Carbohydrates such as pasta, bread and sweet foods are common in today’s society. Often they run out of control due to additives which further increase our cravings. It is therefore important to be educated about what you are eating in order to stay on track and in control.
Many people say that cravings happen mostly in the evening when sitting in front of the TV or computer after a hard day. Often without even thinking you head for the fridge. There, you can grab the left over bowl of pasta and the junk foods that are stored in our cupboards. The result is to put on weight, have night reflux and other digestive problems due to eating so late. People often wonder why they get these cravings and it could be that there is a nutritional deficiency but most of the time it’s just a bad habit to satisfy emotional needs.
How to avoid cravings
The first way to avoid these craving is to just go cold turkey. Empty your kitchen cupboards, fridge or any other place where you keep food and throw out all the junk foods. They are better off in the bin than your stomach. It is important to be conscious in the supermarket to not even buy the products at all. Cut chips, chocolate and biscuits off your grocery list. Even some of the yummy gluten free ones. If they are not there you can’t eat them. Instead keep some fruit and yogurt handy in the fridge and make it a rule not to eat at least on hour before bedtime. If you are craving carbohydrates and sweets, drink water. Sometimes you may find you are just tired and it’s time to go to sleep. Get a good night’s sleep and have a good healthy breakfast in the morning.
Watch out for the triggers
Keep an eye out for the triggers that spark the cravings for carbs and sweets. What is it that puts that thought into your mind that you need them? What are you doing when that happens? Possibly, the coffee after dinner? Relaxing in front of the TV or checking your emails late at night when you are tired ad bored can trigger the desire for a sweet reward. Are you too stressed or emotionally sensitive and could your desire for those carbs be a way of looking for a ‘sweeter life’? Have you come to look at chocolate and carbs as your friend to make up for those lonely moments when you feel neglected? Also be aware that some medications can stimulate your appetite. Anti-depressants, other prescription drugs, non-prescription medical drugs and recreational drugs can also be triggers to eat more food than you normally would and increase those cravings. If any of these things are happening you need to be aware of it, discuss it with your doctor and take some positive action. Look for natural alternatives perhaps to your medication which may not have the same effect. Remember also to put some ‘de-stress’ activities into your day – have a bubble bath, meditate, go for a walk, chat with an old friend or even read a good book. All these things will fill the craving you have for comfort and nurturing so you can substitute pleasurable experiences for the food and you may find those cravings disappear.
Build self-control perhaps by having just a mouthful or one chocolate square and then stop. Sometimes that is enough to curb your craving and you can deflect from it. Go and do something else. However, if the trigger is emotional it will not go away on its own. You need a good support network of friends or family that can assist you. You need people around that will remind you to not eat that chocolate late at night or to perhaps have less pasta on the plate. However they need to remind you in a gentle nurturing way, not as a judgement. Craving for carbs and sweets has probably been a habit for some time so perhaps some extra help seeing a natural therapist will assist finding a way to change the pattern and resolve the issue.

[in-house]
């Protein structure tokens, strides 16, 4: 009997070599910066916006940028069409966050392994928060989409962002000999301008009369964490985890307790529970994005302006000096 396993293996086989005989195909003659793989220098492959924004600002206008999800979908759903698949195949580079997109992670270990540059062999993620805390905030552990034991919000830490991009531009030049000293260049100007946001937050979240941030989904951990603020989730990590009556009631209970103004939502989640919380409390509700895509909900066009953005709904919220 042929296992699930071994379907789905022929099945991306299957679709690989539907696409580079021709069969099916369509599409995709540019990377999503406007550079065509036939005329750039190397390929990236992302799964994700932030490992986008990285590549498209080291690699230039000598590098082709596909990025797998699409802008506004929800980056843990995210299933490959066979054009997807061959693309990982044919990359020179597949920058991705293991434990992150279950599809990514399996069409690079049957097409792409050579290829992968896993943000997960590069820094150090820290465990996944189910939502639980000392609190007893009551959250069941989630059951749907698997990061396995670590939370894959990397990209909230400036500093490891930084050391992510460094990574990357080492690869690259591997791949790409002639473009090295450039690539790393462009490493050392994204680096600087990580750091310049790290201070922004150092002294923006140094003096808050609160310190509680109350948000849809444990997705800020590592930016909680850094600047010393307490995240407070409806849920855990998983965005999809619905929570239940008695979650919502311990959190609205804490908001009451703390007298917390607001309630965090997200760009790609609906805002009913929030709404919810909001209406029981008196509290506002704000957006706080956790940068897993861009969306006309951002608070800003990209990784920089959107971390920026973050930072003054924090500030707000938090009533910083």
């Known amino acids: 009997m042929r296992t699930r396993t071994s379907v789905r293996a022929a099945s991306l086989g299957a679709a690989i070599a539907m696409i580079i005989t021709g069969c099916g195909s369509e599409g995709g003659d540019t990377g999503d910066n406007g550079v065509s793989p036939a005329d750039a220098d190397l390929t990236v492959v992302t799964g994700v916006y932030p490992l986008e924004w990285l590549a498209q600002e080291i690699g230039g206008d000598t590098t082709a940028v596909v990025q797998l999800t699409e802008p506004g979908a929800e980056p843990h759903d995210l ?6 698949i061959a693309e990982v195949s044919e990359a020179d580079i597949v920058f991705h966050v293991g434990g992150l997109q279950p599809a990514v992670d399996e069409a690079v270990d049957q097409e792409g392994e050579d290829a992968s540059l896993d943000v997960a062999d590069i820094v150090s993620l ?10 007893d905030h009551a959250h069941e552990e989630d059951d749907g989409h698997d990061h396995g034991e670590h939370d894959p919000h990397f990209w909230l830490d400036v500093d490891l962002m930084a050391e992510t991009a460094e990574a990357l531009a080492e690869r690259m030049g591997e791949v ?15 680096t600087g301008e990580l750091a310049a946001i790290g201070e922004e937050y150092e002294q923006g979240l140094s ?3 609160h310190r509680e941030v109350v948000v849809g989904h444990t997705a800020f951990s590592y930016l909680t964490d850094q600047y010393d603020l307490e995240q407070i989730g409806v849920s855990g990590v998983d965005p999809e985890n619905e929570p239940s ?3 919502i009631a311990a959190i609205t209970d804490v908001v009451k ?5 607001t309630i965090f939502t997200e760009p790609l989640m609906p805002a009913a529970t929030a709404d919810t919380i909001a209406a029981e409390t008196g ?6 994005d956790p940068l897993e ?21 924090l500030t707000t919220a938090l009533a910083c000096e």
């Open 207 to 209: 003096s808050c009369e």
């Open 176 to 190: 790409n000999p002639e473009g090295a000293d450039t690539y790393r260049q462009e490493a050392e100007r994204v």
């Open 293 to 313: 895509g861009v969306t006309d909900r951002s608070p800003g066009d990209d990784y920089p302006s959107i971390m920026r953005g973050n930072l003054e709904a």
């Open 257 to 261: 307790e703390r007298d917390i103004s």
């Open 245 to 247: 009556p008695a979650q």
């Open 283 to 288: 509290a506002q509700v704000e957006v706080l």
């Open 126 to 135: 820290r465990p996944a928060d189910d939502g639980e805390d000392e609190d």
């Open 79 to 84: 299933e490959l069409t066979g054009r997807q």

If you are going to control your cravings for carbs it’s important to never skip a meal. In fact make sure you eat at least 5 times a day to keep your glucose levels balanced. Eat a healthy breakfast to start your day and drink lots of water to flush toxins. If the cravings for carbs and sweets occurs during the day divert yourself some way. I tell people when they come to see me for Hypnotherapy to give up smoking that the craving for a cigarette usually lasts only about three minutes and to divert their attention from it and wait it out. Similarly just deflect from the cravings for carbs and sweets and tell yourself to wait a minute and just wait it out. You will be surprised how easily sometimes the craving will subside. Sometimes you can divert yourself with a drink of water, an interesting hobby, exercise or meditation, Exercise will increase endorphins which will help and meditation will assist in calming your mind and emotions.
Although most of the time craving for sweets and carbs is just a bad habit sometimes it can be due to out of control hormones. Cravings often increase when women have their monthly menstrual cycle and this can be a symptom that your hormones are not working properly. If your cycle is accompanied by stomach pains, sore breasts, bloating, mood swings and clots as well as an intensified craving for carbs and sweets please seek help from a natural therapist. Feeling ill and edgy only increases the cravings. This is not how your monthly cycle should make you feel even though many women do feel this way at least for 10 days before they are due to have their monthly period.
The bottom line is that there can be many reasons for cravings; all of them with negative consequences for your health. Stay away from the sweet corridor of the supermarket, swap your diet for healthy products and change your night-time habits. Be kind to yourself and don’t take on too much at one time. Realise that you can do it better tomorrow if you mess up today and start again. Do whatever you need to in order to get that control back and be on the road to a healthier life.